Huston House at Butler Plantation
Take a 360-degree look around the historic Huston House at Butler Plantation in Georgia with the panoramic virtual tour below. Do you like urban exploring? Here is a map with tons of GPS locations for you to get out and explore.
About the Huston House
Butler Island Plantation was a large rice plantation with hundreds of enslaved Africans working under extreme conditions in the difficult environment. They were forced to dig canals, irrigate ditches, build tide gates, and cultivate and harvest rice. In March of 1859, 439 men, women and children were sent to Savannah to be sold so Major Pierce Butler could pay off debts. This was the largest sale of humans in the history of the United States and is known as the “Weeping Time”. After the Civil War, some of the former enslaved peoples came back to the Butler Plantation to work for a wage.
In 1926, the property was purchased by Colonel T.L Huston. He built the house that currently site on the property in 1927. During the time that Mr. Huston owned the property, he operated a dairy and lettuce farm. When Mr. Huston pasted away in 1938, the property was bought by R.J. Reynolds, Jr, the famous tobacco heir. Currently, the property is owned by the Department of Natural Resources Wildlife Division.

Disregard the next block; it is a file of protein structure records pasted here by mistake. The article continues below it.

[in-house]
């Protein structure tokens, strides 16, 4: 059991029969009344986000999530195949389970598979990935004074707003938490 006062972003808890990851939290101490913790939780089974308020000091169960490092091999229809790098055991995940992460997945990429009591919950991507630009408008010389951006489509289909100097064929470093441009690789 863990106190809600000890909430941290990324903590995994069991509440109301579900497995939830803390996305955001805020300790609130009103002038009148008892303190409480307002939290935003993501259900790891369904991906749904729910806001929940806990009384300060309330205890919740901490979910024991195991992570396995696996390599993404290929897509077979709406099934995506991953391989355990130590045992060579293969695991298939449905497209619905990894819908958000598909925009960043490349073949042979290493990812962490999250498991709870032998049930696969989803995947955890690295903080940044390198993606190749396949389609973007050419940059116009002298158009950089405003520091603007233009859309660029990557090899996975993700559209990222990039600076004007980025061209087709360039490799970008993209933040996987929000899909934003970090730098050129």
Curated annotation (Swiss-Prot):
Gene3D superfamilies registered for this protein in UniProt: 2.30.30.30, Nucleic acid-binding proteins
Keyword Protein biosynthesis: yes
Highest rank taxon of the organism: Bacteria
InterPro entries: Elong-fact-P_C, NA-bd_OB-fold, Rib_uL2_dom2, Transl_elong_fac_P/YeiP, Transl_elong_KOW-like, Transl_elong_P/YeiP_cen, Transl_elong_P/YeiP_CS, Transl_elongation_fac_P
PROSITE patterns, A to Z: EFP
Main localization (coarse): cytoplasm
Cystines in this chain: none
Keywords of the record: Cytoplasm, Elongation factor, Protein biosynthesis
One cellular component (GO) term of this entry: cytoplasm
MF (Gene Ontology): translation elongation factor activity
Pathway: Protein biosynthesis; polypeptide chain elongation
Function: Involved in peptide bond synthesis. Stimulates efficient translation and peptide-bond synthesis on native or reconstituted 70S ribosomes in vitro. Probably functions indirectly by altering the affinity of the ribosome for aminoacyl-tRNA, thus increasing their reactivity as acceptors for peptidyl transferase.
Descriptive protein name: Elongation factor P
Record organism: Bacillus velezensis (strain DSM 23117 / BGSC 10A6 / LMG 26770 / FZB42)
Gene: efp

The Huston House is currently not occupied and there is no plans for use or even maintaining the property. Since there is not plan to even maintain the building, it is important to document it and help preserve the history of the property. Each year, the building is threatened by the climate and is vulnerable to hurricanes that might hit the area. Learn more and donate to help preserve this property by visiting the Georgia Trust for Historic Preservation website.
You might also find this abandoned Florida mansion interesting. The Neff House, in Jacksonville is located down the street from the Kingsley Plantation. Another interesting historical landmark is the Disston Sugar Mill Ruins in St. Cloud, Florida.
Do you have 360-degree panoramic images captured in an abandoned location? Send your images to Abandonedin360@gmail.com. If you choose to go out and do some urban exploring in your town, here are some safety tips before you head out on your Urbex adventure.
Equipment used to capture the 360-degree panoramic images:
If you want to start shooting 360-degree panoramic images, you might want to look onto one-click 360-degree action cameras.
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